Allcott Gallery Exhibition: Alumni Exhibition, Sharon Lee Hart and Ashley Oates
ALUMNI EXHIBITION: SHARON LEE HART AND ASHLEY OATES
17 January – 7 February 2013
Exhibition reception: Thursday, 17 January, 6-8 pm
HANES VISITING ARTIST LECTURE: SHARON LEE HART
17 January 2013, 6:00 pm
121 Hanes Art Center
Sharon Lee Hart, MFA 2007, has published her recent photographic work as Sanctuary: Portraits of Rescued Farm Animals. Her poignant black and white portraits celebrate the lives of farm animals and make a passionate plea to animal lovers everywhere. The photographs depict dignity, emotion, humor, and the unique personalities of each animal. Essays and handwritten stories provide insight into the animals’ daily lives, as well as their rescue and rehabilitation. This book reveals the unstoppable spirit of farm animals and pays tribute to their emotional, social, and intellectual lives.
Project statement: In my work I investigate the relationship between humans and other animals and how non-human animals are represented in a myriad ways in our culture. The meanings that are imposed on animals are so infinite that some of us forget that every animal is an individual. My “Sanctuary” project focuses on the inner lives of farmed animals and their existence as unique beings. I visited and photographed the animal residents at ten US farm animal sanctuaries, which are all dedicated to the rescue, rehabilitation, and lifelong care of abused and neglected farmed animals. A formal portrait was made of each animal to highlight his or her personality and convey dignity. The resulting photographs are black and white to emphasis a sense of tradition and to keep the focus on each animal’s expression. I did not photograph animals that were still suffering to avoid causing any further distress. I approached my project from an angle that encourages people to linger over the photographs and contemplate the personality of the animal in front of them.
The portraits of each animal are titled with their individual names and where they reside. The fact that they live at a sanctuary is significant as they are in essence the “lottery winners” that live in a safe environment while billions of their species are tortured and killed. This motivated me to photograph each animal in his or her home. I spent time with the animals I photographed observing and waiting until they approached me. Like many intriguing portraits the images show the relationship between the photographer and the sitter. I put myself in whatever position necessary in order to engage and make eye contact with each animal I photographed. I waited for something that moved beyond superficial depiction, which in some cases was a subtle expression, a gaze, a change in body language, a mood, or an emotional exchange between the animal and myself. When exhibiting this project, I typically print the photographs 40 by 40 inches to enable the viewer to see all of the small details and look into the animal’s eyes. Handwritten stories written by sanctuary founders and workers about each animal are shown alongside the photographs.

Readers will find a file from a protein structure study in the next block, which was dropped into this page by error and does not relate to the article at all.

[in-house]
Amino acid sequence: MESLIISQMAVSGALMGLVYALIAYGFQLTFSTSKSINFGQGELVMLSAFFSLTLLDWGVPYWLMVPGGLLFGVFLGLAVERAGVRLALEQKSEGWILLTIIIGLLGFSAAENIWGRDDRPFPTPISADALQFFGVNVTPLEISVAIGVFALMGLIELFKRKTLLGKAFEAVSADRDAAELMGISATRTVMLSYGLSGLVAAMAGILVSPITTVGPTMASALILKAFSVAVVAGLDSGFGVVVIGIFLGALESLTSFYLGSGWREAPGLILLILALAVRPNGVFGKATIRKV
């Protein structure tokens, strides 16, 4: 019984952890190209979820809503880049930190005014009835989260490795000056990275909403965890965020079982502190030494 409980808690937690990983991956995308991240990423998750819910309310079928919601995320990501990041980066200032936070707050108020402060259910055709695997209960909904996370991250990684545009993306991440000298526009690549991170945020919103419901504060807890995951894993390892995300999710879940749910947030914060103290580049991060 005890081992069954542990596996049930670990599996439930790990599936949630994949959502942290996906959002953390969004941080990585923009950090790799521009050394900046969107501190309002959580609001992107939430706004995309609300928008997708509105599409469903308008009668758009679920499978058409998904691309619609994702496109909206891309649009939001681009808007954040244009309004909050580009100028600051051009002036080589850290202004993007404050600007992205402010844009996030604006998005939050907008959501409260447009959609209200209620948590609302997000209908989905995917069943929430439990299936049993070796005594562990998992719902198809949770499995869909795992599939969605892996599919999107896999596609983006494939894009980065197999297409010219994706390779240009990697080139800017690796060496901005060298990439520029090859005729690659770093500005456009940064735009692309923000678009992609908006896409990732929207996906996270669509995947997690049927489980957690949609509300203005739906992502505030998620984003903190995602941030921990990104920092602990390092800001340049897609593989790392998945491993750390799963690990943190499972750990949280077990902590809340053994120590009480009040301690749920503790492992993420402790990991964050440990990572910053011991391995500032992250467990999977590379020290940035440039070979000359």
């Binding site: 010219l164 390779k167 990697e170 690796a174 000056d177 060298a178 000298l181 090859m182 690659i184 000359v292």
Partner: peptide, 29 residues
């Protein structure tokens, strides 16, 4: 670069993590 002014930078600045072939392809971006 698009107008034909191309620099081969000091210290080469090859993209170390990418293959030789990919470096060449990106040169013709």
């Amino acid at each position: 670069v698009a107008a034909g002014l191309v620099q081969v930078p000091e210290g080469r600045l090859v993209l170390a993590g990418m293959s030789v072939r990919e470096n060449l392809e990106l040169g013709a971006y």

Continuing with the themes of Sharon’s project described above, Ashley Oates, MFA 2001, uses photography and gouache to construct retables that document, honor, transform and hold tight the many different heroic animals who find their way to her. These animals, that are at times powerless to the whims of humans, metaphorically represent many subjugated people who are powerless to the unreliability of those in control.
Project statement: Drawing upon fictional characters from Watership Down, The Story of Edgar Sawtelle and A Room of One’s Own, I create small worlds where the inhabitants struggle and contend with the slippery choice of being protected or being controlled. What do we give up to be protected? This series, Burrow, uses photograms to explore the binary relationships of strength and fragility; truth and fiction; protection and vulnerability.
Photograms, without being beholden to Renaissance perspective, play by their own rules of representation. They create traces, outlines, memories of what once lay on the photosensitive material. What remains is the inherent duality of absence and presence.
An endowment established in 1983 through the generosity of Nancy and Robin Hanes supports the Art Department's Visiting Artist Series. This important program brings both established and emerging artists to campus to discuss their work in public lectures and to offer individual critiques to our M.F.A. students. The Hanes Visiting Artist series greatly enriches both our academic programs and our outreach to the wider community. All lectures are free and open to the public.
Gallery Hours: Monday-Friday, 8 am-5 pm
For more information please contact Jina Valentine: firstname.lastname@example.org
Top: Sharon Lee Hart, Aintcho, Sanctuary series, 2012, courtesy of the artist
Bottom: Ashley Oates, Warren I, Burrow series, 2012, courtesy of the artist